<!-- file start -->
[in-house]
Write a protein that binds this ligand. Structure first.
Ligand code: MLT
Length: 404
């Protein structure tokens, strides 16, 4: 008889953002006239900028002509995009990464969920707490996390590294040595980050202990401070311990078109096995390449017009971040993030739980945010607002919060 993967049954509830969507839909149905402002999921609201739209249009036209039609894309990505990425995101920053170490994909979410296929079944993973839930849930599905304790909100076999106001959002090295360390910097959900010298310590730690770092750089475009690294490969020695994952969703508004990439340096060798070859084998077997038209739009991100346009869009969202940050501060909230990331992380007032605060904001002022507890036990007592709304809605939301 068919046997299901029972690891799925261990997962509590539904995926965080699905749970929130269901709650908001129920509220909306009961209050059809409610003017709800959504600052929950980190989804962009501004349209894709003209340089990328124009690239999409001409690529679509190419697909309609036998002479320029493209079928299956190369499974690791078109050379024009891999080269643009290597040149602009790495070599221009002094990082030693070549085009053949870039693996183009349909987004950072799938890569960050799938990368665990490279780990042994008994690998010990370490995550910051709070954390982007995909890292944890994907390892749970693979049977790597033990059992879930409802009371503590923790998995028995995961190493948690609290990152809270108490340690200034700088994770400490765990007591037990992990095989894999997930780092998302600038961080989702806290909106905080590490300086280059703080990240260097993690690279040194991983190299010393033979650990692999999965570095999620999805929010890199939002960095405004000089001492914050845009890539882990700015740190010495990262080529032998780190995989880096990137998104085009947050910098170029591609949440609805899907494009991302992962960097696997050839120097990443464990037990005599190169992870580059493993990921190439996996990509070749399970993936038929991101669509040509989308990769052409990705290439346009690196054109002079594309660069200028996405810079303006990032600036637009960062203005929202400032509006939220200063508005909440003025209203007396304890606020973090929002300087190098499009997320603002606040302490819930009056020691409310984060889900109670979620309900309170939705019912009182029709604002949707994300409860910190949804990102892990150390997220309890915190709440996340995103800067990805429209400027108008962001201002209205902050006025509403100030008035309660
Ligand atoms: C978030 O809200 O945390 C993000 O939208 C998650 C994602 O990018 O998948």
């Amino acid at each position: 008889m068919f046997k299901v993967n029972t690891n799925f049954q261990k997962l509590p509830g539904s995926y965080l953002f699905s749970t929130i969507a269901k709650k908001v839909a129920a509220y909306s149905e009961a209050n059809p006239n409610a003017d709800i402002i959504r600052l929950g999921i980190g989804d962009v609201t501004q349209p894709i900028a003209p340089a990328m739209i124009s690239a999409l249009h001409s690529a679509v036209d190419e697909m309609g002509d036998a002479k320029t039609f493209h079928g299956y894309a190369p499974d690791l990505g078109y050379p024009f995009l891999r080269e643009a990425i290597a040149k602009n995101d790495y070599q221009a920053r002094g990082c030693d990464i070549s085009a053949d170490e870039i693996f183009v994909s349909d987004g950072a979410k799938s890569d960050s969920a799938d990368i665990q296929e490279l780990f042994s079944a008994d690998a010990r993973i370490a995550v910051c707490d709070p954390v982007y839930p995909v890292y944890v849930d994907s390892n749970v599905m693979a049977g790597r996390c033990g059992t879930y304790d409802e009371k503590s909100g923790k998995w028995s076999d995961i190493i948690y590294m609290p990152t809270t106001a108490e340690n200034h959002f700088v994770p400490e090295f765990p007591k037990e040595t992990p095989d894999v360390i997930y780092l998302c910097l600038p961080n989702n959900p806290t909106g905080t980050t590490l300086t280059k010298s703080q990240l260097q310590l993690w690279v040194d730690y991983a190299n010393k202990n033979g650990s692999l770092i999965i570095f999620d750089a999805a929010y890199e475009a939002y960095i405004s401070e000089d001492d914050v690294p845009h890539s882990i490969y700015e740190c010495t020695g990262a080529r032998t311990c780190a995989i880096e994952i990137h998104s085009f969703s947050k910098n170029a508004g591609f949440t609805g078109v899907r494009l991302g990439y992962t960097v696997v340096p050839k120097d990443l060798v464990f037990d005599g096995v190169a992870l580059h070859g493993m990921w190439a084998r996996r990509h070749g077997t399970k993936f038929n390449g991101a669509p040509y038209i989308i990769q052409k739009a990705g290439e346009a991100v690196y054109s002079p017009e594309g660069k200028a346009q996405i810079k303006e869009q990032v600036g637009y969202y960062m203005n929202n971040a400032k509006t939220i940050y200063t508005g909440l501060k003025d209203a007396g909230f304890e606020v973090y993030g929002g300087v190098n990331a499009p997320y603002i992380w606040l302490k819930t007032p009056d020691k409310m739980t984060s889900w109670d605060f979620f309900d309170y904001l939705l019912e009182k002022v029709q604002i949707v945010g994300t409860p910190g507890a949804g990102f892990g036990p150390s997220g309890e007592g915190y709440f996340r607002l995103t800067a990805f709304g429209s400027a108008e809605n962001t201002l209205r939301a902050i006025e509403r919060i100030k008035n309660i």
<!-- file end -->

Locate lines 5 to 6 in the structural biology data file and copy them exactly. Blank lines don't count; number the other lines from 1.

């Protein structure tokens, strides 16, 4: 008889953002006239900028002509995009990464969920707490996390590294040595980050202990401070311990078109096995390449017009971040993030739980945010607002919060 993967049954509830969507839909149905402002999921609201739209249009036209039609894309990505990425995101920053170490994909979410296929079944993973839930849930599905304790909100076999106001959002090295360390910097959900010298310590730690770092750089475009690294490969020695994952969703508004990439340096060798070859084998077997038209739009991100346009869009969202940050501060909230990331992380007032605060904001002022507890036990007592709304809605939301 068919046997299901029972690891799925261990997962509590539904995926965080699905749970929130269901709650908001129920509220909306009961209050059809409610003017709800959504600052929950980190989804962009501004349209894709003209340089990328124009690239999409001409690529679509190419697909309609036998002479320029493209079928299956190369499974690791078109050379024009891999080269643009290597040149602009790495070599221009002094990082030693070549085009053949870039693996183009349909987004950072799938890569960050799938990368665990490279780990042994008994690998010990370490995550910051709070954390982007995909890292944890994907390892749970693979049977790597033990059992879930409802009371503590923790998995028995995961190493948690609290990152809270108490340690200034700088994770400490765990007591037990992990095989894999997930780092998302600038961080989702806290909106905080590490300086280059703080990240260097993690690279040194991983190299010393033979650990692999999965570095999620999805929010890199939002960095405004000089001492914050845009890539882990700015740190010495990262080529032998780190995989880096990137998104085009947050910098170029591609949440609805899907494009991302992962960097696997050839120097990443464990037990005599190169992870580059493993990921190439996996990509070749399970993936038929991101669509040509989308990769052409990705290439346009690196054109002079594309660069200028996405810079303006990032600036637009960062203005929202400032509006939220200063508005909440003025209203007396304890606020973090929002300087190098499009997320603002606040302490819930009056020691409310984060889900109670979620309900309170939705019912009182029709604002949707994300409860910190949804990102892990150390997220309890915190709440996340995103800067990805429209400027108008962001201002209205902050006025509403100030008035309660
Ligand atoms: C978030 O809200 O945390 C993000 O939208 C998650 C994602 O990018 O998948």